If you’re not sure whether wearing a face mask is worth it, or you are unsure which type of mask you should use, then a new study conducted by a team from the University of New South Wales should help you decide.

The team, made up of scientists and academics took videos of what happens when you talk, cough and sneeze — while not wearing a mask, wearing two different types of cloth masks, or wearing a surgical mask.

The results are clear. A surgical mask was the most effective at blocking droplets and aerosols from talking, coughing and sneezing. But if you can’t get hold of one, a cloth mask is the next best thing, and the more layers the better.

Here’s what they found

The team compared using no mask with two different types of cloth masks made from DIY templates provided online (one mask had a single layer of cloth; the other had two layers), and a three-layered surgical mask.

“We wanted to compare how effective different types of masks were at preventing outward transmission of droplets while talking, coughing and sneezing. These are the types of masks the public might use to reduce community transmission.”

“To visualise the droplets and aerosols you may not otherwise see, we used an LED lighting system with a high-speed camera.”

The test confirmed that even speaking generates substantial droplets. Coughing and sneezing generate even more.

A three-ply surgical mask was significantly better than a one-layered cloth mask at reducing droplet emissions caused by speaking, coughing and sneezing, followed by a double-layer cloth face covering.

Surgical face masks are now widely available, as are re-useable cloth masks.

A single-layer cloth face covering also reduced the droplet spread caused by speaking, coughing and sneezing but was not as good as a two-layered cloth mask or surgical mask.

The evidence is mounting

In practice, we don’t yet know which has a greater effect — wearing masks to prevent infected people spreading to others or protecting non-infected people from inhaling infected aerosols. Both are equally important.

This new research demonstrates that wearing a face covering can significantly reduce the spread of airborne droplets from an infectious person.

It also demonstrates that throwing a scarf over your face is not as protective as a well designed cloth mask with several layers.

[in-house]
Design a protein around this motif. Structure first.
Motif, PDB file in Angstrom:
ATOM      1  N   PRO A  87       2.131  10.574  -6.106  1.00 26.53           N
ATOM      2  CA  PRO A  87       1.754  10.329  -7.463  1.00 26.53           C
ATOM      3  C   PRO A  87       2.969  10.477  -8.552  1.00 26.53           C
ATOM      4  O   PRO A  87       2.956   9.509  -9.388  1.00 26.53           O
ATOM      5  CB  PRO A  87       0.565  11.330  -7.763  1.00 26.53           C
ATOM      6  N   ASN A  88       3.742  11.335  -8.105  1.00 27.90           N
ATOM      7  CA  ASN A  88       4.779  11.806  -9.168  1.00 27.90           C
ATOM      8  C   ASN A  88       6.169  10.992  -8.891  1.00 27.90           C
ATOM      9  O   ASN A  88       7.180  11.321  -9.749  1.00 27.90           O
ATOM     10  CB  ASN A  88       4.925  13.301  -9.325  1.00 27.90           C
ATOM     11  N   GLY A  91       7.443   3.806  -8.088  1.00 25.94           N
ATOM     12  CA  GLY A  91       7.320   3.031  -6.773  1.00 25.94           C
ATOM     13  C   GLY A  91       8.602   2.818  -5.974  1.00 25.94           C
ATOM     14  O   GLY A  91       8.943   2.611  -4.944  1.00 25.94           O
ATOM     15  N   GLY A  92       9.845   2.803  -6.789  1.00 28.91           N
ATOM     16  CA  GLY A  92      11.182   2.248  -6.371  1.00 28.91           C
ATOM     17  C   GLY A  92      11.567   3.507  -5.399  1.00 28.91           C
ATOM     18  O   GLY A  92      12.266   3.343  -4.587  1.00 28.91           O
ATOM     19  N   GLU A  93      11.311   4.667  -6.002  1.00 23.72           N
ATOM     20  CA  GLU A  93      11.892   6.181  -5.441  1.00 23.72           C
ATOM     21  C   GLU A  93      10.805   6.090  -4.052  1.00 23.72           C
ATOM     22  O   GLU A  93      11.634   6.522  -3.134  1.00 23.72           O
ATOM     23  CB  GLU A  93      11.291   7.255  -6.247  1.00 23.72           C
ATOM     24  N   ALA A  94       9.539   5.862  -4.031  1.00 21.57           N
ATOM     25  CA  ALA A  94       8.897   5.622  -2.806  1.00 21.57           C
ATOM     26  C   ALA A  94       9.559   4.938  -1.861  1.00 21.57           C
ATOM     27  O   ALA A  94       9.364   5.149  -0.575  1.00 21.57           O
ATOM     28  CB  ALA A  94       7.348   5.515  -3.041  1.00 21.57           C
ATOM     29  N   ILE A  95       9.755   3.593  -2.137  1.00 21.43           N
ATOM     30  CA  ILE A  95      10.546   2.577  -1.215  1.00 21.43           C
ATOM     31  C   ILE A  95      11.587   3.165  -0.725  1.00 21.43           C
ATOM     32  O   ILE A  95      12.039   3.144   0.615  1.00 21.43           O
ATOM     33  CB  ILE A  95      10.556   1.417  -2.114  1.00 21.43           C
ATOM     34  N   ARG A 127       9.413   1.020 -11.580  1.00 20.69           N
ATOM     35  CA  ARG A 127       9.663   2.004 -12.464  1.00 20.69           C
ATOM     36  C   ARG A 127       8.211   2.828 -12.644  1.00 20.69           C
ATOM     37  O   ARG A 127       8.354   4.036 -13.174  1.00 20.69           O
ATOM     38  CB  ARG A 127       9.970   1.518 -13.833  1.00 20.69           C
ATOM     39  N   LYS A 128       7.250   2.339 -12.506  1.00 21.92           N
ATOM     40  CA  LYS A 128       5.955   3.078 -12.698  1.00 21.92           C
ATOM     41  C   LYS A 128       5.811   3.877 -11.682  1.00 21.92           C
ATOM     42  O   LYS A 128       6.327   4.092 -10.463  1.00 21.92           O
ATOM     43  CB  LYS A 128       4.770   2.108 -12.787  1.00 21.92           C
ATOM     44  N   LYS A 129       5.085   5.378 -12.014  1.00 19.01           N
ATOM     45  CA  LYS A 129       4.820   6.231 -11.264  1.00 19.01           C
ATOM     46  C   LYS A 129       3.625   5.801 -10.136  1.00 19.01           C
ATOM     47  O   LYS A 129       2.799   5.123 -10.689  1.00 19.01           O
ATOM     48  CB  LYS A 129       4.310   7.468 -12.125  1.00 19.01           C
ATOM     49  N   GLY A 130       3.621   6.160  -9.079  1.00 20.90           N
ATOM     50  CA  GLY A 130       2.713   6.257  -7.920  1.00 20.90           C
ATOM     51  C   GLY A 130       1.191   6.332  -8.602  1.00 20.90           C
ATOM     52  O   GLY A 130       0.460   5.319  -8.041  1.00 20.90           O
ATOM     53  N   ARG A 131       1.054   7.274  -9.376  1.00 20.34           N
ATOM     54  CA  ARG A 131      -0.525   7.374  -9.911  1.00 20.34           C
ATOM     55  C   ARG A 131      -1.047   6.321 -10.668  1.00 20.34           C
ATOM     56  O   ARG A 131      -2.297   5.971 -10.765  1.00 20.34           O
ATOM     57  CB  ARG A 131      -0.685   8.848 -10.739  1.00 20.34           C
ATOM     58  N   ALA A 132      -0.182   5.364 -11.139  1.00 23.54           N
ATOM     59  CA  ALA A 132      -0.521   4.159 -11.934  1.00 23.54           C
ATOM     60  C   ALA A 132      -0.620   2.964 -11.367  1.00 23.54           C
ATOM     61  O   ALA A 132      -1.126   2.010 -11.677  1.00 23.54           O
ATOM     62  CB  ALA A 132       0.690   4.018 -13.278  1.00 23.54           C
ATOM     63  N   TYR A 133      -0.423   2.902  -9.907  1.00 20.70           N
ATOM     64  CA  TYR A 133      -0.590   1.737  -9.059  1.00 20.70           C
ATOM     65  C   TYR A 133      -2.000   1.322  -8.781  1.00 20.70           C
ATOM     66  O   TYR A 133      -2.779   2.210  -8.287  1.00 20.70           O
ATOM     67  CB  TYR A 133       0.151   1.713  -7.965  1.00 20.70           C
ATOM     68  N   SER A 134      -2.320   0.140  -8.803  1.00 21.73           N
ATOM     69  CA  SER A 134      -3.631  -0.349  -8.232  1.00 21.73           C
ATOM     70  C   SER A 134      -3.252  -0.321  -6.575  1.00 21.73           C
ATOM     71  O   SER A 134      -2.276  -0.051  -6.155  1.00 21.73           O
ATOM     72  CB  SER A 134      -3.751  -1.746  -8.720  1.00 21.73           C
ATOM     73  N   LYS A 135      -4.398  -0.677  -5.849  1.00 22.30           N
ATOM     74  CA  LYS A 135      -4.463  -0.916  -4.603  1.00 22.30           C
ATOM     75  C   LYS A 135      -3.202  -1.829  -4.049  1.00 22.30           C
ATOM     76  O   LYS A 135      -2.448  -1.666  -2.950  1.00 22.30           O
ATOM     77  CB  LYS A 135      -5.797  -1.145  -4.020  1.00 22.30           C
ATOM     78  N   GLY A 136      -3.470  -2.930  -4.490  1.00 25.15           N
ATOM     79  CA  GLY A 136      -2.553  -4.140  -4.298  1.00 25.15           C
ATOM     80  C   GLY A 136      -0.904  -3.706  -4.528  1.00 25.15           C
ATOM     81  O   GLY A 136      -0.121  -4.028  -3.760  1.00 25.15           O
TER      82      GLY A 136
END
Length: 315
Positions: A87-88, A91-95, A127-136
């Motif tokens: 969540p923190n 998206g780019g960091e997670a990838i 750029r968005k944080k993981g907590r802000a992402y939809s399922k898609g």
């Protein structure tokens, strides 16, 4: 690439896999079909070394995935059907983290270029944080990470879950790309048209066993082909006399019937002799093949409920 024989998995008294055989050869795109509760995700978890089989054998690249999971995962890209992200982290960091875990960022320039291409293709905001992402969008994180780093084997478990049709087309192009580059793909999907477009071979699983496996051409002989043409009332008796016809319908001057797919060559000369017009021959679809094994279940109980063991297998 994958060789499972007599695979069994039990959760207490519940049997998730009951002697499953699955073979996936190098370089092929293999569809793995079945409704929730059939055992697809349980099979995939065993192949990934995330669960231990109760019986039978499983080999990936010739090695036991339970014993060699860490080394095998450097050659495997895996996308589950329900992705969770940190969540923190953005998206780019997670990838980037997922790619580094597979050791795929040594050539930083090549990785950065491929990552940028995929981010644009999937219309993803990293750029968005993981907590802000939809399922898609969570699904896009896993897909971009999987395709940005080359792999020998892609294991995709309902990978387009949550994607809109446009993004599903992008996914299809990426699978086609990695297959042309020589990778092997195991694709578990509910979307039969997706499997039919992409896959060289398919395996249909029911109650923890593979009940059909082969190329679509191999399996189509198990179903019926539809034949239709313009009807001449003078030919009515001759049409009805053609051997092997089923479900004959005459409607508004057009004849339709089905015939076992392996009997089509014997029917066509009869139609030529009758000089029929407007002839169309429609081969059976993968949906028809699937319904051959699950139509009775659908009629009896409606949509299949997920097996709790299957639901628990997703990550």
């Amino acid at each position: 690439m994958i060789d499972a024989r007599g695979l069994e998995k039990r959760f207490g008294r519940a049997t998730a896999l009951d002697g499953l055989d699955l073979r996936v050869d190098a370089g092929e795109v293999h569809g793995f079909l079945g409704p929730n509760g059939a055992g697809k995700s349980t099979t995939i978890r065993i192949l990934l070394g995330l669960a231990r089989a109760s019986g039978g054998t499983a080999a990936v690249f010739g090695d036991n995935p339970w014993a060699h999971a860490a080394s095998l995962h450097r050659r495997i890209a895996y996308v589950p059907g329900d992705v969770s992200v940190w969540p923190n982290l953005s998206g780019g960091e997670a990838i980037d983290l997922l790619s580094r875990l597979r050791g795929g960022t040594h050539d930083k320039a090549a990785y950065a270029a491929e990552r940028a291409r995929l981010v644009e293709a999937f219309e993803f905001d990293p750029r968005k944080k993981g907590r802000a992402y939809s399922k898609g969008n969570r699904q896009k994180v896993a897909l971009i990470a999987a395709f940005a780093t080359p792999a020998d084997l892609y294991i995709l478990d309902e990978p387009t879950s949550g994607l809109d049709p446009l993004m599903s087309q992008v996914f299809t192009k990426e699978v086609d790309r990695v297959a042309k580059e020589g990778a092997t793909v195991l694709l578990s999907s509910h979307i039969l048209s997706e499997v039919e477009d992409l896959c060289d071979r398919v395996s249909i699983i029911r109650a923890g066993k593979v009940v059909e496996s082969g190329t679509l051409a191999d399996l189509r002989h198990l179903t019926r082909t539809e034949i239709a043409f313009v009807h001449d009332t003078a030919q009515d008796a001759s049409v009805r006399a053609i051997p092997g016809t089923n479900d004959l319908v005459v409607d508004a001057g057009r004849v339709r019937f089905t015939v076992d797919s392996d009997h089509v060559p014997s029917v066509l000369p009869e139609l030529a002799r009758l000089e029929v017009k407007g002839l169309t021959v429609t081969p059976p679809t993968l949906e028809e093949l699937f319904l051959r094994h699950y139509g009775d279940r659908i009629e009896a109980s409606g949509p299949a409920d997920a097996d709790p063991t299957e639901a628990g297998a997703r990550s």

The scarf face mask, favoured by many celebrities may look cool but it’s not as effective!

In Missouri, USA, two infected hairdressers kept working while infectious, but wore a mix of cloth and surgical masks, as did their 139 clients. No client was infected.

However, one of the hairdressers infected her household family members, as she did not wear a mask at home, and neither did her family.

This is reassuring evidence that infection risk is reduced when everyone wears masks.

What does this mean?

The wearing of face masks is becoming an increasingly important weapon in the fight against Coronavirus. Face masks are now mandatory on public transport across the UK as well as in shops in Scotland and England. Their use may be extended to other situations.

For the use of masks to be effective, it is important to know what type of mask works best. If you are using a cloth mask, here are some things to consider

  • make sure the mask has a number of layers (at least three)
  • look for a mask with a water-resistant fabric for the outer layer
  • choose fabric with a high thread count (so a tighter weave, for instance from a good quality sheet is generally better than a fabric with a looser weave that you can clearly see light through)
  • hybrid fabrics such as cotton–silk, cotton–chiffon, or cotton–flannel may be good choices because they provide better filtration and are more comfortable to wear
  • make sure your mask fits and seals well around your face
  • wash your mask daily after using it.

Read more: How to wear a mask without your glasses fogging up or your ears hurting

This article is republished from The Conversation. It was created by C Raina MacIntyre, Abrar Ahmad Chughtai, Charitha de Silva, Con Doolan, Prateek Bahl, and Shovon Bhattacharjee, of The University of New South Wales. Edited for the UK by Greysnet.